Electric hook-up requires you to have your own outdoors 3 pin adapter and lead, preferably with RCD protection for safety, to which you can then plug your electronics into. 

Pros: Unlimited 'free' fuel if paid for electric hook-up with your pitch, adjustable heat, stable and familiar, multiple hob-rings available on some models, no naked flame or compressed gas, SUITABLE FOR INDOOR USE (take proper precautions near heat sensitive fabrics etc if using in a tent).

Cons: Slow to boil, slow to cool after use, heavy, limited to availability of electricity.

Recommended accessories:

Mains electric Hook-up lead with outlet plugs & RCD protection.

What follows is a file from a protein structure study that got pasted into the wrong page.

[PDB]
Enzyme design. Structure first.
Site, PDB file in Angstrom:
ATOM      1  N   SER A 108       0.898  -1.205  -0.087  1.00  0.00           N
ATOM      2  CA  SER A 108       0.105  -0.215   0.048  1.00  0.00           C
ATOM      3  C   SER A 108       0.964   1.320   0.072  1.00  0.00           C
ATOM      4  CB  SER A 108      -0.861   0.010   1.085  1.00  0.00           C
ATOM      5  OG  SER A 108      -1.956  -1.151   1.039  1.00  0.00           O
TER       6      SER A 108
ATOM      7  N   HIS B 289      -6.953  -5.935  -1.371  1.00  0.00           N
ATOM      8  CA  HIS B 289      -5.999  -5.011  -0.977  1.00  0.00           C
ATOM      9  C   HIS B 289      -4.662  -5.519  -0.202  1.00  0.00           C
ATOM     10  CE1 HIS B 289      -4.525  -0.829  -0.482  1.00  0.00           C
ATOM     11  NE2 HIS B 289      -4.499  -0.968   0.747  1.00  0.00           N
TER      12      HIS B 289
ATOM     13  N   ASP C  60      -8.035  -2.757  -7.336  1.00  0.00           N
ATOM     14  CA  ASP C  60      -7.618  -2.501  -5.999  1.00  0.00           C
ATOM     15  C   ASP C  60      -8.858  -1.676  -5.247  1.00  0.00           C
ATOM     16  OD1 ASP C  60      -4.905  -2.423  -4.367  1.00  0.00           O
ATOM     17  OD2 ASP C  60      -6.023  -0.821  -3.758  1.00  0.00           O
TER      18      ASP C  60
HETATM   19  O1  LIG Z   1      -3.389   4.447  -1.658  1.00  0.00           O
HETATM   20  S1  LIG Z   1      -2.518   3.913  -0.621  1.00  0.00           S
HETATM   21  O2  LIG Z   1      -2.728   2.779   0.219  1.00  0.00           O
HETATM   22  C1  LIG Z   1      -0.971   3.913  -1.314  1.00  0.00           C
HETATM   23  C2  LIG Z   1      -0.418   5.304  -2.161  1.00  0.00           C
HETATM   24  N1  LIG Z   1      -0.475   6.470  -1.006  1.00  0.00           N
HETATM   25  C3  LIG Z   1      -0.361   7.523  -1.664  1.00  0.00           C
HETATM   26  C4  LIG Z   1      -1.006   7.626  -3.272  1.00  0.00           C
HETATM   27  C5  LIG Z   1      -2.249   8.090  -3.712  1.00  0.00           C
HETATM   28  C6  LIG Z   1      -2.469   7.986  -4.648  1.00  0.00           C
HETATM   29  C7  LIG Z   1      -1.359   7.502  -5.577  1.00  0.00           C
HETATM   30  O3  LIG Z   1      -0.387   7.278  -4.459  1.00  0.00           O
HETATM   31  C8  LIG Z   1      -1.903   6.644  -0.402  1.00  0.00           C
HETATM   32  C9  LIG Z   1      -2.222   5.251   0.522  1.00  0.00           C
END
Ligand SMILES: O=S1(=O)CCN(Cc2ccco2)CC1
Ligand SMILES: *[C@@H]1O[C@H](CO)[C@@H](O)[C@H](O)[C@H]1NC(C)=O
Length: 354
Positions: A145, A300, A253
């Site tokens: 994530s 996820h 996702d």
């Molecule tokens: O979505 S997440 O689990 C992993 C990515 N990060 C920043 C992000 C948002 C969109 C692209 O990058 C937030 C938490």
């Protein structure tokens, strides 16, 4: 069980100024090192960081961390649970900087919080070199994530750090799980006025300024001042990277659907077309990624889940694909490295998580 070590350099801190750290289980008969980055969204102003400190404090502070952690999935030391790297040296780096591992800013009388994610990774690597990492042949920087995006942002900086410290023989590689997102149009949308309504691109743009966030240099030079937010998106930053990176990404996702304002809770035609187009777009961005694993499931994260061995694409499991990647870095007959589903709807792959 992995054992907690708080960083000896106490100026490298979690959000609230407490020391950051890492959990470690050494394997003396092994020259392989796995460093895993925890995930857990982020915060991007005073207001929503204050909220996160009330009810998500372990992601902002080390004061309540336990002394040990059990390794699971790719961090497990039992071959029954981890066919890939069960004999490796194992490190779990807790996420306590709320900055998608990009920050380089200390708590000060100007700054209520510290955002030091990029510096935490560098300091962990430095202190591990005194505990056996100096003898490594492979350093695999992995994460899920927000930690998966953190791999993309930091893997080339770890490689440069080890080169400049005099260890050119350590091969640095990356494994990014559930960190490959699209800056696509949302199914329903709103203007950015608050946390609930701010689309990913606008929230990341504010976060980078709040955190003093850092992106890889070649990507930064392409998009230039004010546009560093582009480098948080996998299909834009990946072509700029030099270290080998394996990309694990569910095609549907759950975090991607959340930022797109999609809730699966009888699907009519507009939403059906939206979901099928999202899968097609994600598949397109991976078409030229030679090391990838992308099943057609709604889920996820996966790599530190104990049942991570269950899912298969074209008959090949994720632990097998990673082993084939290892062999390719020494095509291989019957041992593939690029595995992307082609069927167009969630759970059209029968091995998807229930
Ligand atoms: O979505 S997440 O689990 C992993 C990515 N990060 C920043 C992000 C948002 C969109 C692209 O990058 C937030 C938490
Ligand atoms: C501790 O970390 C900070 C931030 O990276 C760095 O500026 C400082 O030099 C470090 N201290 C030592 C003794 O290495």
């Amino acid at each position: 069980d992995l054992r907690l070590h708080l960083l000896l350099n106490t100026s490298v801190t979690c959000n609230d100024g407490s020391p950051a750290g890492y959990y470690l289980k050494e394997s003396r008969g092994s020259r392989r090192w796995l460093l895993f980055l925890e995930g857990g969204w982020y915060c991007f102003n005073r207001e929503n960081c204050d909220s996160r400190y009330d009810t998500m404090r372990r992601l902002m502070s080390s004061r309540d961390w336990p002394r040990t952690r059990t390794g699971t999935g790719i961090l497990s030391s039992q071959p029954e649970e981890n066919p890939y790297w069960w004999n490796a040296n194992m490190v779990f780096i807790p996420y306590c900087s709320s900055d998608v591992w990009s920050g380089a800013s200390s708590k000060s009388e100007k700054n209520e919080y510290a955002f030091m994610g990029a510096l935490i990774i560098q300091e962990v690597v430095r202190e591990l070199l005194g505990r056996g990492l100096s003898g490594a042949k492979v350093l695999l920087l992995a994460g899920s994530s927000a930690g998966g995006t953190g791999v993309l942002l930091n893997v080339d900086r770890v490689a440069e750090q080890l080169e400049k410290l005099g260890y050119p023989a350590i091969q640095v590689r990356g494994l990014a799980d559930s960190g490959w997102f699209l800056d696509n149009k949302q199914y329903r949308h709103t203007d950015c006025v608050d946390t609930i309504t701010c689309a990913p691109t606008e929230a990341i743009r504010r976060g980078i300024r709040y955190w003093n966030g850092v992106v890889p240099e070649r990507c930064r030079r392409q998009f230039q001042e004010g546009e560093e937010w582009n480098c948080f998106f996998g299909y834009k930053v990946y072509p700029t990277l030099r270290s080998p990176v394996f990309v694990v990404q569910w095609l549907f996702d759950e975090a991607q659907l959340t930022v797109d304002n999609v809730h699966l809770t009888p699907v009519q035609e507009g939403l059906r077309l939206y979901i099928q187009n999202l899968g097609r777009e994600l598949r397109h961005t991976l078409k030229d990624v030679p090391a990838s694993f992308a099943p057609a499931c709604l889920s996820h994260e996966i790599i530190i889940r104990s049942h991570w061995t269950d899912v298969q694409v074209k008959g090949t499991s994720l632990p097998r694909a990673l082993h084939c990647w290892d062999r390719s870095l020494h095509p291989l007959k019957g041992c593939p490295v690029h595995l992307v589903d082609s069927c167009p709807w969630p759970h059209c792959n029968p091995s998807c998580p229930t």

Trangia / spirit burners:

Spirit burners are simple and extremely cost effective compact camping stoves, also being robust enough that there’s very little chance of it getting broken - no matter what you do to it! They can be used with pretty much any flammable liquid so you suffer none of the problems associated with running out of gas, spirit being much easier to find even in small shops compared to specialist camping gas canisters.

Use the burner in conjunction with a simple wire stand to support a pot or cup, suspend your pot over the flame using a tripod or such like, or purchase the complete set which comes with the pans and a stable windproof surround to house the burner properly.

Pros: compact, lightweight, fast boil time, can be fuelled by any flammable liquid!

Cons: limited temperature control, flame affected by strong winds, require a good source of flammable liquid and the problems with carrying such material.

Recommended accessories: